14 May 2009

Can the Botante Deal With Bolante?

Joc-joc Bolante
Former Agriculture Undersecretary Jocelyn "Joc-joc" Bolante was forced to come back to the country last October 2008 in connection with the multimillion fertilizer fund scam that he allegedly masterminded in 2004. He tried but failed to seek asylum in the United States in a bid to evade a Senate investigation on the alleged diversion of funds into the campaign kitty of President Gloria Macapagal Arroyo.

After months of speculation on how the lawmakers will deal with him, the Senate blue ribbon committee recommended to the Ombudsman that Bolante, along with several others, be charged with plunder for the fertilizer fund anomaly. Even the Anti-Money Laundering Council (AMLC) joined the fray by asking the Supreme Court to set aside last months ruling of the Court of Appeals denying its urgent motion to extend its 4 February 2009 freeze order on Bolante’s accounts and other related web accounts.

In the face of all these cases, Bolante is still free to roam around and is mulling running for a local elective position in 2010 in Capiz when urged by local executives with questionable integrity. Apparently, the former Governor of the province, nine mayors and their five local ilks have decided to follow to the letter their political party's policy of unfettered recruitment of candidates with background in money laundering, political loyalty, inappropriate understanding of accounting rules and procedures and the craving to appease the President herself.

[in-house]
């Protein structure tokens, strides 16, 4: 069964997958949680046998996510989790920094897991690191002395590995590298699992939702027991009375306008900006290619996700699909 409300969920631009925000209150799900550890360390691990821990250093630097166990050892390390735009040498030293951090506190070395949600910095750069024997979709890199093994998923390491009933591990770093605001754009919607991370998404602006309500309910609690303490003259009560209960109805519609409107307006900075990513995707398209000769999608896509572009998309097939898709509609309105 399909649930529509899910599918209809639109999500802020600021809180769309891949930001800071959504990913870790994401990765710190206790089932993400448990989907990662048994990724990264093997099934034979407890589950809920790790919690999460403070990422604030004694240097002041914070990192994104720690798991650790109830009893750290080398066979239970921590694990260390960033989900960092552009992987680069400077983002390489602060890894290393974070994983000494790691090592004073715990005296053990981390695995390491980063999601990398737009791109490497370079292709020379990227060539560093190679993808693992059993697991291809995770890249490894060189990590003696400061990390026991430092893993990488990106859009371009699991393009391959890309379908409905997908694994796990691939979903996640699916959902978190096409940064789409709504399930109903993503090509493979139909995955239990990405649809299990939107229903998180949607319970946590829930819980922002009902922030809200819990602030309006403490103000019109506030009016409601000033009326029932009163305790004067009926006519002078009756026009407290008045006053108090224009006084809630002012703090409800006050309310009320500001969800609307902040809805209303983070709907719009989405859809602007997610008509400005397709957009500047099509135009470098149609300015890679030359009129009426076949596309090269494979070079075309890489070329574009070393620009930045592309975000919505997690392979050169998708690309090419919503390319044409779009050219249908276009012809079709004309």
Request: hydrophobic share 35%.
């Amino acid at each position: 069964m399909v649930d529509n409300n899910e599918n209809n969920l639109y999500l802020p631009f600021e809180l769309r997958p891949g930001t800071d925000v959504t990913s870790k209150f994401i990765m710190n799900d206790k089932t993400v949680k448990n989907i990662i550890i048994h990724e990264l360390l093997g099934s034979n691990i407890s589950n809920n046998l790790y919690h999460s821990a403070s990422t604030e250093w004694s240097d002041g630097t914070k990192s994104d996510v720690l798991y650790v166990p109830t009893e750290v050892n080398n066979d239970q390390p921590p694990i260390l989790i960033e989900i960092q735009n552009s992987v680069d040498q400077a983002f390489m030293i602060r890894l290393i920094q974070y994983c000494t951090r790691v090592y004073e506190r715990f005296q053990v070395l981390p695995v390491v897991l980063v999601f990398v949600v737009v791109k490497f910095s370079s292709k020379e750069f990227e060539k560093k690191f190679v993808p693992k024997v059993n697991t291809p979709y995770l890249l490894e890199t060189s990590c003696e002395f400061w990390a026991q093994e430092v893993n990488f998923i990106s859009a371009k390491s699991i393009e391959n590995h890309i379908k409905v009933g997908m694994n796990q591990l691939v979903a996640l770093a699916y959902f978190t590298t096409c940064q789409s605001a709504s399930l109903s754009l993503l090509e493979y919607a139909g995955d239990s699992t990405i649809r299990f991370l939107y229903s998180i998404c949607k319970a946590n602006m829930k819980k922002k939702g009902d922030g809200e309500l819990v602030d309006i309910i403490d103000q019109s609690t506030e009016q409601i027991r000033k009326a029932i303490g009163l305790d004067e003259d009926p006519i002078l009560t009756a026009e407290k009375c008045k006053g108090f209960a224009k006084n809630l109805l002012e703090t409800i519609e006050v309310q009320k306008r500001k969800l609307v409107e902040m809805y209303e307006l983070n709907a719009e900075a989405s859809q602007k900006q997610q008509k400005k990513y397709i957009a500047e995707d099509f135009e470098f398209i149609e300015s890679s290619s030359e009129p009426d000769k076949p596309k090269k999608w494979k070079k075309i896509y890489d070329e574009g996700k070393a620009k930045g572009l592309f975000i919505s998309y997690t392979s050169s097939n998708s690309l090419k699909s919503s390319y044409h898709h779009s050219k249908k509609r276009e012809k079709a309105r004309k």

The election lawyer of the President, Atty. Romulo Macalintal, defended the decision of Bolante arguing that as long as the court has not yet found him guilty of any crime he can still seek an elective position. With the way courts in this country process cases against former and present administration officials like First Gentleman Miguel Arroyo, former Justice Secretary Hernani Perez and former Commission on Election (COMELEC) Commissioner Virgilio Garcillano, the public should expect the decision to be rendered several years from 2010.

Apparently in this parallel universe in which the country's courts, police and politicians operate, such behavior of administration officials are acceptable. However, if one is facing a coup d’etat charges for the Oakwood Mutiny in July 2003 and wins the Senatorial election in 2007, the government and its allies will make sure that they will not go far. Look at what happened to Senator Antonio Trillanes IV, who is still languishing in a military prison until now. This usual sickening double standards from the Government showed how corrupt and bias the system is being adopted by the country's liberal elite Gauleiters.

With most of their time spent in dealing with the effects of incessant typhoons, rising prices and the inability of credit windows to offer attractive compensation packages, it won't be long before the alleged crime of Bolante will be buried in the annals of the current administration's graft-ridden history. Soon he will be attracting admirers and political supporters in the province of Capiz. And if asked again about the fertilizer scam, the public should expect to hear a very cryptic answer. However, one thing may be explained clearly. With a serial failure and boring windbag at the helm, it should be no surprise anymore to hear that a second income-class province of Capiz is on its way to becoming one of the country's poorest by 2013.